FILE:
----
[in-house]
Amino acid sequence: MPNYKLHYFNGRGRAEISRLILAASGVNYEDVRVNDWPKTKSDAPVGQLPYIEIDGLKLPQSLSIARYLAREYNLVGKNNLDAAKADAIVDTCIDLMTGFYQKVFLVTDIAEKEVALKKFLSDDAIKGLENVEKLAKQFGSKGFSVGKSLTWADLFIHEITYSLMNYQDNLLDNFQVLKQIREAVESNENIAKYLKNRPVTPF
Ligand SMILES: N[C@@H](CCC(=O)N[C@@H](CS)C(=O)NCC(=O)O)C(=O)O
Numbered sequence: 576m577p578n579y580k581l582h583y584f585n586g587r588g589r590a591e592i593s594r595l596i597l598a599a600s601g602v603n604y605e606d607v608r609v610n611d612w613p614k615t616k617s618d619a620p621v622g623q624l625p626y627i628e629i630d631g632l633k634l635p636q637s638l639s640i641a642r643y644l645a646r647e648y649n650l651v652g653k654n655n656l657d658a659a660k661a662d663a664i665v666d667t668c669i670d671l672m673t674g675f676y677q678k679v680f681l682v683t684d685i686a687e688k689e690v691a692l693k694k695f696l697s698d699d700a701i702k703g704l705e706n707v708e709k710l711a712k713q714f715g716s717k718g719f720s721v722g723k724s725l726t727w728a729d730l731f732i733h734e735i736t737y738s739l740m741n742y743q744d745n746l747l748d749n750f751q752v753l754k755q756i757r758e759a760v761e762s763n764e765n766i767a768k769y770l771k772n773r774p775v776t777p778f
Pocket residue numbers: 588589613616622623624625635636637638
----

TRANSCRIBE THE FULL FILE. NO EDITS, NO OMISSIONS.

[in-house]
Amino acid sequence: MPNYKLHYFNGRGRAEISRLILAASGVNYEDVRVNDWPKTKSDAPVGQLPYIEIDGLKLPQSLSIARYLAREYNLVGKNNLDAAKADAIVDTCIDLMTGFYQKVFLVTDIAEKEVALKKFLSDDAIKGLENVEKLAKQFGSKGFSVGKSLTWADLFIHEITYSLMNYQDNLLDNFQVLKQIREAVESNENIAKYLKNRPVTPF
Ligand SMILES: N[C@@H](CCC(=O)N[C@@H](CS)C(=O)NCC(=O)O)C(=O)O
Numbered sequence: 576m577p578n579y580k581l582h583y584f585n586g587r588g589r590a591e592i593s594r595l596i597l598a599a600s601g602v603n604y605e606d607v608r609v610n611d612w613p614k615t616k617s618d619a620p621v622g623q624l625p626y627i628e629i630d631g632l633k634l635p636q637s638l639s640i641a642r643y644l645a646r647e648y649n650l651v652g653k654n655n656l657d658a659a660k661a662d663a664i665v666d667t668c669i670d671l672m673t674g675f676y677q678k679v680f681l682v683t684d685i686a687e688k689e690v691a692l693k694k695f696l697s698d699d700a701i702k703g704l705e706n707v708e709k710l711a712k713q714f715g716s717k718g719f720s721v722g723k724s725l726t727w728a729d730l731f732i733h734e735i736t737y738s739l740m741n742y743q744d745n746l747l748d749n750f751q752v753l754k755q756i757r758e759a760v761e762s763n764e765n766i767a768k769y770l771k772n773r774p775v776t777p778f
Pocket residue numbers: 588589613616622623624625635636637638